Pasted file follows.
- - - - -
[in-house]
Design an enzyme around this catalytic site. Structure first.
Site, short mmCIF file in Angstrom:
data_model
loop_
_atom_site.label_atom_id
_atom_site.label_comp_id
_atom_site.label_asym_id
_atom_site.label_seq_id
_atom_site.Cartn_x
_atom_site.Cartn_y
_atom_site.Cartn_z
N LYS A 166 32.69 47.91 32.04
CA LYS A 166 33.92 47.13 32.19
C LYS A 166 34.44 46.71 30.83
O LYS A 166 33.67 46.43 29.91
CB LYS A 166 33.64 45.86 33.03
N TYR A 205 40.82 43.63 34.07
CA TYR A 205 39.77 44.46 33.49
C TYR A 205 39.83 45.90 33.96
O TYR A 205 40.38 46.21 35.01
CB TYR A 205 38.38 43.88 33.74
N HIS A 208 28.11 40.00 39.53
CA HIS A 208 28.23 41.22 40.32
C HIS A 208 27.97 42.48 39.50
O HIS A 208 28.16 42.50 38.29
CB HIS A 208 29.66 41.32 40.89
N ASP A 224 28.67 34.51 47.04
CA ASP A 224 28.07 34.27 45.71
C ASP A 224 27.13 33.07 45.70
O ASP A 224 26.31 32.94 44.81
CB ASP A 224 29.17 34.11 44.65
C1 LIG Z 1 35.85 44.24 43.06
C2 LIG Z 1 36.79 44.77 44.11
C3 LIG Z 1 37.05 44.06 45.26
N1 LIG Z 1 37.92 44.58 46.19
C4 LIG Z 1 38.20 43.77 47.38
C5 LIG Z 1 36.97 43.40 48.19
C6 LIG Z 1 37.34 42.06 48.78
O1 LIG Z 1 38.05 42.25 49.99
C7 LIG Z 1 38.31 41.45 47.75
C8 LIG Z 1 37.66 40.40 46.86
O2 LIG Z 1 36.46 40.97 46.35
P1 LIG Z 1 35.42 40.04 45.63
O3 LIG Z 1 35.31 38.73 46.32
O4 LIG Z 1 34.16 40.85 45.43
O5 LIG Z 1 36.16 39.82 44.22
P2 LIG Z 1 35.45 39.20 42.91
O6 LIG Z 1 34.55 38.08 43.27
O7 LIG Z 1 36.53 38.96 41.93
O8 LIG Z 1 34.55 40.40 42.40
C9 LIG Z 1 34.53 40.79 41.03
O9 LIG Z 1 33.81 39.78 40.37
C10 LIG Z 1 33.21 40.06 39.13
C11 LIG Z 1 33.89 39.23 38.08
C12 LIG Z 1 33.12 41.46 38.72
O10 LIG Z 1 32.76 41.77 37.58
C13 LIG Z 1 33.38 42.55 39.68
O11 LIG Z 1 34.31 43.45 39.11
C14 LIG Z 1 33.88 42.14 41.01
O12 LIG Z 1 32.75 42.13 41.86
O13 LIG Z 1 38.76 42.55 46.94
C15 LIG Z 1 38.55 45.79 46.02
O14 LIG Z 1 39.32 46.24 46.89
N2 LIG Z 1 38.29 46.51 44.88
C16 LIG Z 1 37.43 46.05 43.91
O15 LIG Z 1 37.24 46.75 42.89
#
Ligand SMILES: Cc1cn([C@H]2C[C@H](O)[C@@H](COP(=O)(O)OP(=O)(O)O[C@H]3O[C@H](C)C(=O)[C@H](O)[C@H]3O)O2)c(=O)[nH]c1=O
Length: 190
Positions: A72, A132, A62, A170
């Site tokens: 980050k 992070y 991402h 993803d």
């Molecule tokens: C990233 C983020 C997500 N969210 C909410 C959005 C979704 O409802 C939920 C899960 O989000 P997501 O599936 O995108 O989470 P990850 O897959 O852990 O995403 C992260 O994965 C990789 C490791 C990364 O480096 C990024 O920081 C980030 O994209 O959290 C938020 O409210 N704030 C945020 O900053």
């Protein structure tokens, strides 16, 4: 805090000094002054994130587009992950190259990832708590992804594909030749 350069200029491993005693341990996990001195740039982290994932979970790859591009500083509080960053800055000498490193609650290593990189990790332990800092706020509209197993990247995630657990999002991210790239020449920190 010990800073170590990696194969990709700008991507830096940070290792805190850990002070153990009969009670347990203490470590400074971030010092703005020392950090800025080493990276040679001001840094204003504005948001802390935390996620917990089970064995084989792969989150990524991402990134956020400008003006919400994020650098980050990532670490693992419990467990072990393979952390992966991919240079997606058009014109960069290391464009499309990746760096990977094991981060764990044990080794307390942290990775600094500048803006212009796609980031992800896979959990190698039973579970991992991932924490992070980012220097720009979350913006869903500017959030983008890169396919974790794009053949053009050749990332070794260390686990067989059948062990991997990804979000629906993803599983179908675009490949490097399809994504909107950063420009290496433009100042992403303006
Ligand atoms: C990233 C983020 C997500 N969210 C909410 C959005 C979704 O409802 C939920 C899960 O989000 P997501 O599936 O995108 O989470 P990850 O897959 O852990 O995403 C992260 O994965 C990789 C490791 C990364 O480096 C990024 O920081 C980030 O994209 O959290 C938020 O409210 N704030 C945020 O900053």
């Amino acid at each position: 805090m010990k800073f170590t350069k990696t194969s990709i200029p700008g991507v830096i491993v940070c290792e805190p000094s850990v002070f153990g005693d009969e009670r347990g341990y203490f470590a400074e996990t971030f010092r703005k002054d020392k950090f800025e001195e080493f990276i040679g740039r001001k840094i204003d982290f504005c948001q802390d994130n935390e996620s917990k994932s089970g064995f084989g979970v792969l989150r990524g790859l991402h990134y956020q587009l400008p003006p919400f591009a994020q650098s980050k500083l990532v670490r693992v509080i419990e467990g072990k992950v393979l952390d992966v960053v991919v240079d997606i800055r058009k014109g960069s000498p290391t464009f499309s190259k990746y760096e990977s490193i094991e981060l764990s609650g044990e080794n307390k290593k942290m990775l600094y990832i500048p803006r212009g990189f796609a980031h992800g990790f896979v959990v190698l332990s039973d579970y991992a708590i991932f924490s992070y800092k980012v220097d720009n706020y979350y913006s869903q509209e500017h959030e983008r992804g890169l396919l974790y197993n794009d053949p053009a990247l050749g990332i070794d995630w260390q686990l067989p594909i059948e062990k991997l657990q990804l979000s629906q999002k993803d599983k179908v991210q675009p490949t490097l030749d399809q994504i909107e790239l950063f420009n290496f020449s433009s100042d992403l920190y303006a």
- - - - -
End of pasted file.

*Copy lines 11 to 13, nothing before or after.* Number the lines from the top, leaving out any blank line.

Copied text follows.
_atom_site.Cartn_y
_atom_site.Cartn_z
N LYS A 166 32.69 47.91 32.04